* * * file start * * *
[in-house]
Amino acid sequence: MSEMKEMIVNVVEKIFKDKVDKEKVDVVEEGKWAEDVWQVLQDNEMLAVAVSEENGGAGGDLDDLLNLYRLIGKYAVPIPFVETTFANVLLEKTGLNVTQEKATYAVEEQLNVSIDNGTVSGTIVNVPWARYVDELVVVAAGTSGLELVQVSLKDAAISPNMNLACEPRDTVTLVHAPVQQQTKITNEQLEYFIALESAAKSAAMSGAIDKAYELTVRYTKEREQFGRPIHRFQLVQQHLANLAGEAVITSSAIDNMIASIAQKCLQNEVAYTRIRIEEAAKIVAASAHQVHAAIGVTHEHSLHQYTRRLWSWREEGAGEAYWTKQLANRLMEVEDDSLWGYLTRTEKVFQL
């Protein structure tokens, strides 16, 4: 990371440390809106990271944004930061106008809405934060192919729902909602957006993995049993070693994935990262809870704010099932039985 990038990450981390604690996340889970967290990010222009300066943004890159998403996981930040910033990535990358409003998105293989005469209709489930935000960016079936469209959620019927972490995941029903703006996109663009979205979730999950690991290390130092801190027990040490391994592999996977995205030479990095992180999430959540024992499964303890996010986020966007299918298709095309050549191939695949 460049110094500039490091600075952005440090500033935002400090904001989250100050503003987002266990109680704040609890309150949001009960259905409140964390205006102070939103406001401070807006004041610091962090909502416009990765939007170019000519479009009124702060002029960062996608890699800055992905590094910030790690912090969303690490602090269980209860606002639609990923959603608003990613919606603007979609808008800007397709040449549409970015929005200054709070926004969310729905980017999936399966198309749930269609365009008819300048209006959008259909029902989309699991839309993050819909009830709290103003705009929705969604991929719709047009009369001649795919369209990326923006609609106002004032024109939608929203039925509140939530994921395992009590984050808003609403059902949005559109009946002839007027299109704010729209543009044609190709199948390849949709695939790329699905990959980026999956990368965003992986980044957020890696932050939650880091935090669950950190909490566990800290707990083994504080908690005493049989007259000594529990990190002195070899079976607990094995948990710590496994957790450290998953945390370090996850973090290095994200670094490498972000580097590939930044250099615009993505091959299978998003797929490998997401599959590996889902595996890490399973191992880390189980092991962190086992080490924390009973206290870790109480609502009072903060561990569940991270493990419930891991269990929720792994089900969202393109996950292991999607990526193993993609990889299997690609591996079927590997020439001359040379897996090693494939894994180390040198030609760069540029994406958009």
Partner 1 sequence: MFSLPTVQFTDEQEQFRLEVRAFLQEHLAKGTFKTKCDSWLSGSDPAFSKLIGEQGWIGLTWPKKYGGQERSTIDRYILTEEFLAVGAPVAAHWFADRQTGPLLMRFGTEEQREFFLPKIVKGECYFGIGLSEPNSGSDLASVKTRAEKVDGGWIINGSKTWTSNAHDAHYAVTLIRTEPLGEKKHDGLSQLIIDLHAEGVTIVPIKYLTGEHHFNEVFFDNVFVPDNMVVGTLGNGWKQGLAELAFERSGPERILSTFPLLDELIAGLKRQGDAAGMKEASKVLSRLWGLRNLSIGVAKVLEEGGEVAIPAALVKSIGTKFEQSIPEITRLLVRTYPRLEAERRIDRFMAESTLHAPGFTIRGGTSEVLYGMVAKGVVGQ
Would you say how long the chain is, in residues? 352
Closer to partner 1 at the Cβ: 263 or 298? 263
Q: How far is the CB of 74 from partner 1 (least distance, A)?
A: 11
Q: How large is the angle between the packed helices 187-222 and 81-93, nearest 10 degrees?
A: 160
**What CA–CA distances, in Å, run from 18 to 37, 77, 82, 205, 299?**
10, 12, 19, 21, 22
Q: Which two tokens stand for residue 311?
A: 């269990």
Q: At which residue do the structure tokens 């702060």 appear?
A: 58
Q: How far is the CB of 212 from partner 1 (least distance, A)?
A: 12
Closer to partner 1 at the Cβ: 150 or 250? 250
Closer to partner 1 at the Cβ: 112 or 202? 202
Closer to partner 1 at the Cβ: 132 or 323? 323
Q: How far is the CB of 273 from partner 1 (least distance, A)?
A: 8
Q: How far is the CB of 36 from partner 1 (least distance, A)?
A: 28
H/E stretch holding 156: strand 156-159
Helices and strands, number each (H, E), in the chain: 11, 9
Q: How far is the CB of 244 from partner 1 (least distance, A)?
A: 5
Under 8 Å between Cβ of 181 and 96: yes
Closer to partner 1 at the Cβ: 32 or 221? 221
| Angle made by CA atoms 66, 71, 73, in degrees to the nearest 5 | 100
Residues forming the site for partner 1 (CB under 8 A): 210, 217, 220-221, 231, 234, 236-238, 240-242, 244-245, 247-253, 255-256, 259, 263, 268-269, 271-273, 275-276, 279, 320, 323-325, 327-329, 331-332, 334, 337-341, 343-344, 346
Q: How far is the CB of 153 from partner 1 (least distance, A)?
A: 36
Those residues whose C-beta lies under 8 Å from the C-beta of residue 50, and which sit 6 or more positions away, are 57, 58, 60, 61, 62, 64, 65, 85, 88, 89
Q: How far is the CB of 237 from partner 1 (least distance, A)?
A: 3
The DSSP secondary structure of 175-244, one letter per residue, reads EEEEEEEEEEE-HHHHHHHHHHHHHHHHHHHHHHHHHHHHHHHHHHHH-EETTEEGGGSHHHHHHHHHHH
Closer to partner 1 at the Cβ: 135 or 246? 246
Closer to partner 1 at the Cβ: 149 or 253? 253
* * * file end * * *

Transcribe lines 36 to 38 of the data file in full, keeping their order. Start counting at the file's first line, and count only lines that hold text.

Those residues whose C-beta lies under 8 Å from the C-beta of residue 50, and which sit 6 or more positions away, are 57, 58, 60, 61, 62, 64, 65, 85, 88, 89
Q: How far is the CB of 237 from partner 1 (least distance, A)?
A: 3